Inclusivity for food security

Some truly remarkable stories have resulted from Yara’s Action Africa initiative. One story about inclusivity and hard work is particularly moving.

Malawi was one of the countries targeted by Yara’s Action Africa initiative. Partnering with the African Fertilizer and Agribusiness Partnership (AFAP), Action Africa ensured the distribution of fertilizer to 100,000 smallholder farmers.

Through AFAP, Action Africa established partnerships with the local World Food Programme office, the Ministry of Agriculture, UNHCR, and others to target the most vulnerable farmers in the country. Refugees, disabled persons, and prisoners were among the groups included in the program. 50,000 of these vulnerable farmers also received two kilograms of high-quality seed maize from Bayer, under their Better Farms, Better Lives program, also led by AFAP.

In the summer of 2021, the Deputy Minister of Agriculture in Malawi hosted an agricultural event. As part of this event, farmers that had greatly improved their yields were celebrated and awarded. The farmer with the greatest yield increase was Agnes Kaphala. She is part of Kalumbu Tikondane People with Disabilities, a group of 150 physically disabled rural farmers based in Kalumbu village, east of Lilongwe, that received premium fertilizers and crop advice from Yara, in addition to seed from Bayer.

Agnes Kaphala receiving her award for the greatest yield increase

Agnes was born physically disabled in a family of seven children. Although she was very interested in school from a young age, her parents had to take her out of primary school because of the distances she had to travel on crutches to and from school. However, her disability did not prevent her from taking part in her family’s small-scale farming. Agnes, now married with three school children, farms a small plot to ensure food for her family, and also operates a tailoring business on the veranda of her house, making her the household’s primary breadwinner.

“Thanks to Yara, the persistent hunger in my household is now a thing of the past. For the first time, I have harvested 16 bags of maize from the 0.5 acres of land that I have been harvesting not more than 3 bags from in the past years.”

Agnes Kaphala

She further elaborated that for the first time, her household was able to remain food secure throughout the whole year and also managed to sell some of her maize to generate income for her household. She was awarded a crop protection sprayer for her achievement.

“For me, stories like these feel almost like adrenalin shots. What we do, matters. And when we work together with others, we can change lives,” Yara CEO Svein Tore Holsether said in an email to all employees in July. “Agnes is truly inspiring. Stories like these would not be possible without collaboration, and Action Africa in Malawi really is a shining example of how collaboration should work. Both public and private – small and big organizations – all helped this become a reality.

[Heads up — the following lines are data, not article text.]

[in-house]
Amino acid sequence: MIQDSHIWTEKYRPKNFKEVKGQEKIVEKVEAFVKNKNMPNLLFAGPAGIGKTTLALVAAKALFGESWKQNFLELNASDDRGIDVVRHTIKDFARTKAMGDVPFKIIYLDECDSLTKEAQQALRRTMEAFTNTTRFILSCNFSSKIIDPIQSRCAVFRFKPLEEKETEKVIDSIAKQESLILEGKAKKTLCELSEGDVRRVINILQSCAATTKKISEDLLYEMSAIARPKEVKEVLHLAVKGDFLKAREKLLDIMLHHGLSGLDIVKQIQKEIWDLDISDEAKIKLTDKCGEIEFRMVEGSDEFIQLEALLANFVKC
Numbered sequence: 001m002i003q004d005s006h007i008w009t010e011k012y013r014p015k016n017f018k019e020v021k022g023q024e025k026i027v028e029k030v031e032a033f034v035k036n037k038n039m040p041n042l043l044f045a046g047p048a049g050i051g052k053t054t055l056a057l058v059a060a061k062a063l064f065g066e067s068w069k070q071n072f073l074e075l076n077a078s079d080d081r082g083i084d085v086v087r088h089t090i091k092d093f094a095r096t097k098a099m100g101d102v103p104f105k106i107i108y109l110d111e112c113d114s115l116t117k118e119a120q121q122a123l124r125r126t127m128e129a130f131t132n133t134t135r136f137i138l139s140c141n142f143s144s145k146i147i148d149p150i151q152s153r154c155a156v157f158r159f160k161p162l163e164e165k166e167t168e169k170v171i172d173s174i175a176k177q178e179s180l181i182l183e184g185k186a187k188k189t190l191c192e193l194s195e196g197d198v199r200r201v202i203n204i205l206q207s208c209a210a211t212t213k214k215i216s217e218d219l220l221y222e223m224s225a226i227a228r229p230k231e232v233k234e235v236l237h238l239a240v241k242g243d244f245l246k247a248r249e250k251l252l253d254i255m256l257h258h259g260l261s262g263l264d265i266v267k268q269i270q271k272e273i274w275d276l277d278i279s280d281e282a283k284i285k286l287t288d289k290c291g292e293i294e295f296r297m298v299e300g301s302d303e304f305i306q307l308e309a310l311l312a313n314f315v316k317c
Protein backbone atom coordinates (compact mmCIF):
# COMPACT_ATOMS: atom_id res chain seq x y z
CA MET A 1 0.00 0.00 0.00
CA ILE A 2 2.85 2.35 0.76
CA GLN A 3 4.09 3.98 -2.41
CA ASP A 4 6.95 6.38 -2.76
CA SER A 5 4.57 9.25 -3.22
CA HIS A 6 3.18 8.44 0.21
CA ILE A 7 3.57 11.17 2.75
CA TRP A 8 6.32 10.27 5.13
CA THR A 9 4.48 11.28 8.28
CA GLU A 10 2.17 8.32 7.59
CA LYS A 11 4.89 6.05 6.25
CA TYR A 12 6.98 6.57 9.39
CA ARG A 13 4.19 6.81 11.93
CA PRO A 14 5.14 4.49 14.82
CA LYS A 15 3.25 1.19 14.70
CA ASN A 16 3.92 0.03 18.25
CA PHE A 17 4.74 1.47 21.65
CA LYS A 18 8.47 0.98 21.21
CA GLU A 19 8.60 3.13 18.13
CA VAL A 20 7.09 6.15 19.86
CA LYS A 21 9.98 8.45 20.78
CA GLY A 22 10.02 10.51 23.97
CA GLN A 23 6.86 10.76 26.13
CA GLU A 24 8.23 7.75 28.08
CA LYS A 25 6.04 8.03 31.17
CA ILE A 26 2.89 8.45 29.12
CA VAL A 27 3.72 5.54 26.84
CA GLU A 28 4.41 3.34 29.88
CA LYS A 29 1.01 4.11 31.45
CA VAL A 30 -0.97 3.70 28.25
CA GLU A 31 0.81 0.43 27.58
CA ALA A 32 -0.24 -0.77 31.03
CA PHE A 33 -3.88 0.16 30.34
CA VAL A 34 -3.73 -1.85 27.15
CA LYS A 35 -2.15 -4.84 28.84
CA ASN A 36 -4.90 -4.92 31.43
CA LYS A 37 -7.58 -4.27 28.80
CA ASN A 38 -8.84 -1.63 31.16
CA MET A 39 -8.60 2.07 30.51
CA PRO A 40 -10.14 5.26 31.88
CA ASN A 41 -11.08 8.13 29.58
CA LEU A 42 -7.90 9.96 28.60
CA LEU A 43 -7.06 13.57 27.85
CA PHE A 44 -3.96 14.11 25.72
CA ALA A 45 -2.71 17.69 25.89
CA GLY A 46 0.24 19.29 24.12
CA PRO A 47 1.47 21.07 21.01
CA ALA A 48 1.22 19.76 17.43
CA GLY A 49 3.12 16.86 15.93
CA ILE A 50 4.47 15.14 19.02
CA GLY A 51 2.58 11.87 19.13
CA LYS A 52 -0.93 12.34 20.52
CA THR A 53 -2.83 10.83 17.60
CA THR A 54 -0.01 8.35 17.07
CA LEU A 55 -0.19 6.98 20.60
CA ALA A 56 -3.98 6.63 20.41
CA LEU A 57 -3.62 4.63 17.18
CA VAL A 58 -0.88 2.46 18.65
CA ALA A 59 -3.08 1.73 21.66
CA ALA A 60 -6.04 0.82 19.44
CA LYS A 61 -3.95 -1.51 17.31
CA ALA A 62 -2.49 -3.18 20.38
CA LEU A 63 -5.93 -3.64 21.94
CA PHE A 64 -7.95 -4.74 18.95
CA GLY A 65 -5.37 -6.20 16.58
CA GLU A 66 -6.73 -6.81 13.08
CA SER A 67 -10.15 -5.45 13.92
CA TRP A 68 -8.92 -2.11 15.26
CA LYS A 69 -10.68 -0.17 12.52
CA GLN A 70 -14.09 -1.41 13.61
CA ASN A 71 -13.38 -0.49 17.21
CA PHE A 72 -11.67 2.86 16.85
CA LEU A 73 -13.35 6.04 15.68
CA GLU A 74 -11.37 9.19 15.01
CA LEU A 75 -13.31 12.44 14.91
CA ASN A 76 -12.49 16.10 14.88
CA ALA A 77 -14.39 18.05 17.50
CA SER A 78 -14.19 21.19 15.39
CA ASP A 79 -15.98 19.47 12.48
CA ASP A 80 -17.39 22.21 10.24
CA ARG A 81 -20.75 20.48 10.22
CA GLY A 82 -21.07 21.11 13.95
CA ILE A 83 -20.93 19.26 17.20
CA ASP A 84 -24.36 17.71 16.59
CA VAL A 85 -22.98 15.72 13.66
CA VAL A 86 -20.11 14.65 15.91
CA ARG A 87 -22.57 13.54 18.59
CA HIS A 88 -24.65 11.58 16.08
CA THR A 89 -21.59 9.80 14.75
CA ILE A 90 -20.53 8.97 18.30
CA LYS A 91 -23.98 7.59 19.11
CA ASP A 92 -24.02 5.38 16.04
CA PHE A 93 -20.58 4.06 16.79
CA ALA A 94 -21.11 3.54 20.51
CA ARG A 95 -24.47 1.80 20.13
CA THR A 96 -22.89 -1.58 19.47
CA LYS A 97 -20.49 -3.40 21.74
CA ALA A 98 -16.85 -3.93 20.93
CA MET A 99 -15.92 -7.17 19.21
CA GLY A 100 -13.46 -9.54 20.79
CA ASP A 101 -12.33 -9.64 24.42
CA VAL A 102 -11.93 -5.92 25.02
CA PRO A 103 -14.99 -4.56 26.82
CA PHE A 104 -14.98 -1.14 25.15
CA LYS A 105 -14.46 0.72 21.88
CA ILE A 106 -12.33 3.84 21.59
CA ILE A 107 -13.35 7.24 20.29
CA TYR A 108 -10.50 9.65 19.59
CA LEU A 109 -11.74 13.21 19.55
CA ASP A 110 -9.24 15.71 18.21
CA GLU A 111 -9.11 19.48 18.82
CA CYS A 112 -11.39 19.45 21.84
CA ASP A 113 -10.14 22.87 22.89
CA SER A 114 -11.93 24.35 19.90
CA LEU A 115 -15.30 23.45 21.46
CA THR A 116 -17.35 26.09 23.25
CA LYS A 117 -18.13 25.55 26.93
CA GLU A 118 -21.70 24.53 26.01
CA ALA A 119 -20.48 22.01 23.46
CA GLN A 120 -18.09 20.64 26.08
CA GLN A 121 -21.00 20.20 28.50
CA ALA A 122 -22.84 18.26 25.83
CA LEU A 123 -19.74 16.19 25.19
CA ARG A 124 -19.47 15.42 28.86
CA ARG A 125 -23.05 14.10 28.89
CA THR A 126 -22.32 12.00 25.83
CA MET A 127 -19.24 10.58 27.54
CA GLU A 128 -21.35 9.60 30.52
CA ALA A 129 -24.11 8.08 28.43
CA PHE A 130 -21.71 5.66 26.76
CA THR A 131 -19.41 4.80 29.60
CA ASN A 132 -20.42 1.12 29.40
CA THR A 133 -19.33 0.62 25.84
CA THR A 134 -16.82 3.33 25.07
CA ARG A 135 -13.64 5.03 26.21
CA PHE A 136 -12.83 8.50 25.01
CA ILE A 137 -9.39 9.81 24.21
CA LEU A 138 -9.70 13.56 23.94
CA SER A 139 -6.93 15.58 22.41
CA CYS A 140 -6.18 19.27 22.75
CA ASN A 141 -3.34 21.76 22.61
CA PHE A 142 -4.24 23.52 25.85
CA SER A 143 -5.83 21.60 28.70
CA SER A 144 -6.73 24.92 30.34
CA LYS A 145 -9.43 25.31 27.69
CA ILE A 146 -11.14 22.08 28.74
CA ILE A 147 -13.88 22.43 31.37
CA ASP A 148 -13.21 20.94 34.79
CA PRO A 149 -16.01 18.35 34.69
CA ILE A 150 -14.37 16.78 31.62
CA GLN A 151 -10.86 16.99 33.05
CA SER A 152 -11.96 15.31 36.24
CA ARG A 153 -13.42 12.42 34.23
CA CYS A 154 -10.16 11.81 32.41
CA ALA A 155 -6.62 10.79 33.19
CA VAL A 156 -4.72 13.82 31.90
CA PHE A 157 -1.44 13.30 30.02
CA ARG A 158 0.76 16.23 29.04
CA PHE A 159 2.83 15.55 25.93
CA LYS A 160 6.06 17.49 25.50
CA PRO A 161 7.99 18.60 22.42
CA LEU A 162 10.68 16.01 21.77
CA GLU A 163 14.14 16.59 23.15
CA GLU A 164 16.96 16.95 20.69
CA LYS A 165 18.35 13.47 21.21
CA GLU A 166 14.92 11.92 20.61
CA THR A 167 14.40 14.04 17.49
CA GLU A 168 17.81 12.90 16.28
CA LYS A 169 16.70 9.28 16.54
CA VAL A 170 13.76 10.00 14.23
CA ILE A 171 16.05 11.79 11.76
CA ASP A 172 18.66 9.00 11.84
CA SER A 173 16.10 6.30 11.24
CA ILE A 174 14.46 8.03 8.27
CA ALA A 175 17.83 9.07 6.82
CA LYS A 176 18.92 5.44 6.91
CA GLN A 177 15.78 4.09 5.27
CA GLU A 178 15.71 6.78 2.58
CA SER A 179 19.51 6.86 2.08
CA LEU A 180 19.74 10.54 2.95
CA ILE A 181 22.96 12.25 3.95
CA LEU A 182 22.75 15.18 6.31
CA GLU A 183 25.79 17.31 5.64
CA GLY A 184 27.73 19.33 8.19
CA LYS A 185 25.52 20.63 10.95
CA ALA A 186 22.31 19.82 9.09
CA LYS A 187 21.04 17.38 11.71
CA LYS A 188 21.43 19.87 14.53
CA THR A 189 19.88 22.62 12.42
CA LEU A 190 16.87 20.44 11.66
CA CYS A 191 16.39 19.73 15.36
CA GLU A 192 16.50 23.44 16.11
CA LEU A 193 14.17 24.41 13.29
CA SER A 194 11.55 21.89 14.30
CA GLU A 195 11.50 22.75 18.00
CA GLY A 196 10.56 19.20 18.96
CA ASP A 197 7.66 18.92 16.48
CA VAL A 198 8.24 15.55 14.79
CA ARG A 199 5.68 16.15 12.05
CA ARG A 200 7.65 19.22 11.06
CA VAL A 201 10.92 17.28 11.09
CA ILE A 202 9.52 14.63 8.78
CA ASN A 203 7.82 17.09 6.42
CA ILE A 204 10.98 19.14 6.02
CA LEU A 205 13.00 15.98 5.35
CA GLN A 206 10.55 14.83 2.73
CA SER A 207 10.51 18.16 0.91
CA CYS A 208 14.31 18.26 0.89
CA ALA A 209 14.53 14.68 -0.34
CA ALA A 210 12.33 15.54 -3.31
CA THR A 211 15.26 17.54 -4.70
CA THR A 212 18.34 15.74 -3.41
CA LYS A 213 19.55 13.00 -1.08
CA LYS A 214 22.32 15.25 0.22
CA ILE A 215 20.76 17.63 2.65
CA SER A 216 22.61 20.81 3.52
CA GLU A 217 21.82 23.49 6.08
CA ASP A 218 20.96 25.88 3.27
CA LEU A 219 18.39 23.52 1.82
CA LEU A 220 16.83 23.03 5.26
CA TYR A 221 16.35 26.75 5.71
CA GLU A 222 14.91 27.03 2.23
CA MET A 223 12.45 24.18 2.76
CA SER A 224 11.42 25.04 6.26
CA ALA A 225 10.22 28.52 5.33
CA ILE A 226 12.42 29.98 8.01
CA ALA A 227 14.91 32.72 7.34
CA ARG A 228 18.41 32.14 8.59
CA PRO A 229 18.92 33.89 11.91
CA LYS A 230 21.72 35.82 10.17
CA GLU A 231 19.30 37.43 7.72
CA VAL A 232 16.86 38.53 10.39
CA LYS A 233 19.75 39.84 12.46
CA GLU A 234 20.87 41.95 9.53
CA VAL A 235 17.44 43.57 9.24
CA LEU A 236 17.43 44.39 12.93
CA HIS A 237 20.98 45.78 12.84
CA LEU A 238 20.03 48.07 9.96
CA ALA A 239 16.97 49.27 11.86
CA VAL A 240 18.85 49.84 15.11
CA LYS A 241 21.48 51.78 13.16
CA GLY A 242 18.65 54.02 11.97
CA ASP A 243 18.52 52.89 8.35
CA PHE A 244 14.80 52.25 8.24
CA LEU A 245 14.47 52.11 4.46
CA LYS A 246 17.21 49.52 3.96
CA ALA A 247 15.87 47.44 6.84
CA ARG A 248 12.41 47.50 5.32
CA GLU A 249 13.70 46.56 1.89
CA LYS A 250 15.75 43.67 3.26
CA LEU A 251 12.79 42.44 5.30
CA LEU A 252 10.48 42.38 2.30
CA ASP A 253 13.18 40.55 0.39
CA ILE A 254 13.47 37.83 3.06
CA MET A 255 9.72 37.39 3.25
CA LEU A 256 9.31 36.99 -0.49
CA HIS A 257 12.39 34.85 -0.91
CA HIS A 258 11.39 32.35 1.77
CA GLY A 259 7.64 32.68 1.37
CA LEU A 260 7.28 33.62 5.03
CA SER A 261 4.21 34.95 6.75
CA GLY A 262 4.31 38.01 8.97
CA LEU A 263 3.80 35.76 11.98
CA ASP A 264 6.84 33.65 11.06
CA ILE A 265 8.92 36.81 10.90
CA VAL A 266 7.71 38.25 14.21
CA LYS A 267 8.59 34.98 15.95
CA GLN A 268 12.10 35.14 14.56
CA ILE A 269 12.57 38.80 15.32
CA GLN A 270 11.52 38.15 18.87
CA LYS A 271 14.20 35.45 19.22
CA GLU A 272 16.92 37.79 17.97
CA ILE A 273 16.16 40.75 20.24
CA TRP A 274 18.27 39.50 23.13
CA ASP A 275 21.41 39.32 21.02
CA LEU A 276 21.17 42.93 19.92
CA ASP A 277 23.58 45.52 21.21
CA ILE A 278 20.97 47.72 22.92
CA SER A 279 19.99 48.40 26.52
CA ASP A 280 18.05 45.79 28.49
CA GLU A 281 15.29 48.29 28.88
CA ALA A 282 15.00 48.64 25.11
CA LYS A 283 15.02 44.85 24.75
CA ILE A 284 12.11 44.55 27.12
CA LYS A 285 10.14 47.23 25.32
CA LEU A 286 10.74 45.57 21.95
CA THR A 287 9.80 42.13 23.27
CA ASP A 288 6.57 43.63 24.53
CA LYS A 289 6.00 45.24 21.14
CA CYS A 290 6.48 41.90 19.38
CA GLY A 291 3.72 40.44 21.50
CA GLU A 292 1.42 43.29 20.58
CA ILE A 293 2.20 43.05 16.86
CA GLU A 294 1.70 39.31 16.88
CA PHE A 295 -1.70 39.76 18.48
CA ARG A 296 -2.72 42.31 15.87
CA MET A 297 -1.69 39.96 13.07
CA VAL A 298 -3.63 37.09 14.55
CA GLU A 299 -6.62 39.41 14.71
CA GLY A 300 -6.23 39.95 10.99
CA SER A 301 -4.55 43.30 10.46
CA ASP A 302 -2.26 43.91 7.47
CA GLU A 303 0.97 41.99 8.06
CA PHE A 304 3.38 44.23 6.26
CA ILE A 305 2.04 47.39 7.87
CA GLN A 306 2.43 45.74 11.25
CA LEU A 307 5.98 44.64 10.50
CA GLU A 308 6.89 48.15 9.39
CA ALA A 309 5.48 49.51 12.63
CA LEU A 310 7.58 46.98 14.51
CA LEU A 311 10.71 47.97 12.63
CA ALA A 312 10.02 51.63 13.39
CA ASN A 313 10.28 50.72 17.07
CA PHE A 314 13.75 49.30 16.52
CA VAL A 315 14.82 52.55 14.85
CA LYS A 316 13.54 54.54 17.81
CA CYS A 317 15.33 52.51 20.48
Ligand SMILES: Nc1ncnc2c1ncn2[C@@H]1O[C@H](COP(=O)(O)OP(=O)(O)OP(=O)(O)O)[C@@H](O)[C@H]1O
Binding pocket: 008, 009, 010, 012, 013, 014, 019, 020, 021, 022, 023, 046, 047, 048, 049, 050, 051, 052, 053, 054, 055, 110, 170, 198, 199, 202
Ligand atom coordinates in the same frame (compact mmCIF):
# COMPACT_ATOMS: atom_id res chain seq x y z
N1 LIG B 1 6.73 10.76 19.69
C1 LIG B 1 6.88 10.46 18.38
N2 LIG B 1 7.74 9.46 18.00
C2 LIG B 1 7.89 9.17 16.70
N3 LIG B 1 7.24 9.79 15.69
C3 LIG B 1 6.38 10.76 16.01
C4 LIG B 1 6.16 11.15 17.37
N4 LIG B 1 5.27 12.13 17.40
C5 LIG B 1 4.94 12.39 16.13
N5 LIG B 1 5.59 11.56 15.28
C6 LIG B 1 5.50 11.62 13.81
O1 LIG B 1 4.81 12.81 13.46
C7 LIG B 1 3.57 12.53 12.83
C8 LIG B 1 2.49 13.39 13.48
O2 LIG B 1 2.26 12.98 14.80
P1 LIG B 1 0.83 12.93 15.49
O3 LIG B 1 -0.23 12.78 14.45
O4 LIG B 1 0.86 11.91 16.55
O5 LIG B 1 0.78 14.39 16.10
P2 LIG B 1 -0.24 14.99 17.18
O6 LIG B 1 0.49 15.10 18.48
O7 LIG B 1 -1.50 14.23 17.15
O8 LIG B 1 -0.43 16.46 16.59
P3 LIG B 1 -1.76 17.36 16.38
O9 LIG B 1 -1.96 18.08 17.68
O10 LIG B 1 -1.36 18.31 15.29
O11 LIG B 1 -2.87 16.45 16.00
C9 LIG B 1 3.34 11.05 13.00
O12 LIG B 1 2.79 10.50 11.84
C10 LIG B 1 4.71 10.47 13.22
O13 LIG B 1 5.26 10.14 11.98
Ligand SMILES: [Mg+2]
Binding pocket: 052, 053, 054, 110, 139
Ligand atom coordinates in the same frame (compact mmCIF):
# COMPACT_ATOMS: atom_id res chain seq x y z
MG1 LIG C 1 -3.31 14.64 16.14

These partnerships aren’t built over night, and by showing up and delivering on commitments, we build trust and confidence, and I am certain that this will help us achieve great things in the future,” says Øystein Botillen, project lead for Action Africa.

“Yara’s Action Africa program will go down as one of the most thoughtful initiatives that took place in Africa at the height of the pandemic, when we were uncertain of what the future would bring. Agnes’ five-fold harvest increase is a good testament to the achievement potential of strong collaborations and partnerships. Action Africa Malawi brought immense light and hope,” says Sheila Keino, AFAP Malawi’s Country Director.

In 2021 Agnes was also among the 600 vulnerable women in Malawi to receive a bag of 50Kg NPK fertilizer as part of Yara’s annual Christmas gift initiative. Agnes expects to harvest 20 bags of maize this season because of the continued support, further improving her household’s food security and economic stability.


Action Africa farmer and Yara agronomist talking Action Africa farmer and Yara agronomist talking

What is Action Africa?

Amid COVID-19, a time of crisis becomes a catalyst for transformation in East Africa. The UN projects 265 million people face severe food insecurity due to COVID-19; no event since World War II’s end has had as profound a global impact. Through Action Africa, 250,000 farmers can now provide food for one million people in East Africa for one year, while millions more are connecting to ongoing advice through Yara’s groundbreaking new digital platform.

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